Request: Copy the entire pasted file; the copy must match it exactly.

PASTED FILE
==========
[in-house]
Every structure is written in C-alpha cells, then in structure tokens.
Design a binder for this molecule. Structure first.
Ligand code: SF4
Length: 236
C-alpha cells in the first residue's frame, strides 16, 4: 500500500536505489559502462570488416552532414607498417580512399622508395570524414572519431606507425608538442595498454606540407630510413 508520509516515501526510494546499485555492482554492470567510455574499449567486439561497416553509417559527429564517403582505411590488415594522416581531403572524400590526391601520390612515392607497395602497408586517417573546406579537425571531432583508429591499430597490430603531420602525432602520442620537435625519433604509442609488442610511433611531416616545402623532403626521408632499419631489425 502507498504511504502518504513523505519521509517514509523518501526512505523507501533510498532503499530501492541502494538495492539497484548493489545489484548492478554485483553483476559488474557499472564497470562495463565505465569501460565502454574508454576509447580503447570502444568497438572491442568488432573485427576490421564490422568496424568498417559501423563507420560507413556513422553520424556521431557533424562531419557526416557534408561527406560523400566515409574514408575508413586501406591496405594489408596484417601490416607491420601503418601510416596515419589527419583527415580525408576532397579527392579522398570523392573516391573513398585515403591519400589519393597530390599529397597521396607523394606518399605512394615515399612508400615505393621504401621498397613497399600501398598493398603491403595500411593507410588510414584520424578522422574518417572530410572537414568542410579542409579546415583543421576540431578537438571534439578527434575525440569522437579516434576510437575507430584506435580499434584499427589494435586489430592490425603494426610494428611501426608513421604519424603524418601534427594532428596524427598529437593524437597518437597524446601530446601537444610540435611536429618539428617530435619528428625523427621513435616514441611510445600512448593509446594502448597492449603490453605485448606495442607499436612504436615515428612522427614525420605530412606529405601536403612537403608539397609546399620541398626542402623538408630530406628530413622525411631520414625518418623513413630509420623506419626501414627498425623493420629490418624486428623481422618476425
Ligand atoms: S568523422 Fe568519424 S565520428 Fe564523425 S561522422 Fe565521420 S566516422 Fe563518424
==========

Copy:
[in-house]
Every structure is written in C-alpha cells, then in structure tokens.
Design a binder for this molecule. Structure first.
Ligand code: SF4
Length: 236
C-alpha cells in the first residue's frame, strides 16, 4: 500500500536505489559502462570488416552532414607498417580512399622508395570524414572519431606507425608538442595498454606540407630510413 508520509516515501526510494546499485555492482554492470567510455574499449567486439561497416553509417559527429564517403582505411590488415594522416581531403572524400590526391601520390612515392607497395602497408586517417573546406579537425571531432583508429591499430597490430603531420602525432602520442620537435625519433604509442609488442610511433611531416616545402623532403626521408632499419631489425 502507498504511504502518504513523505519521509517514509523518501526512505523507501533510498532503499530501492541502494538495492539497484548493489545489484548492478554485483553483476559488474557499472564497470562495463565505465569501460565502454574508454576509447580503447570502444568497438572491442568488432573485427576490421564490422568496424568498417559501423563507420560507413556513422553520424556521431557533424562531419557526416557534408561527406560523400566515409574514408575508413586501406591496405594489408596484417601490416607491420601503418601510416596515419589527419583527415580525408576532397579527392579522398570523392573516391573513398585515403591519400589519393597530390599529397597521396607523394606518399605512394615515399612508400615505393621504401621498397613497399600501398598493398603491403595500411593507410588510414584520424578522422574518417572530410572537414568542410579542409579546415583543421576540431578537438571534439578527434575525440569522437579516434576510437575507430584506435580499434584499427589494435586489430592490425603494426610494428611501426608513421604519424603524418601534427594532428596524427598529437593524437597518437597524446601530446601537444610540435611536429618539428617530435619528428625523427621513435616514441611510445600512448593509446594502448597492449603490453605485448606495442607499436612504436615515428612522427614525420605530412606529405601536403612537403608539397609546399620541398626542402623538408630530406628530413622525411631520414625518418623513413630509420623506419626501414627498425623493420629490418624486428623481422618476425
Ligand atoms: S568523422 Fe568519424 S565520428 Fe564523425 S561522422 Fe565521420 S566516422 Fe563518424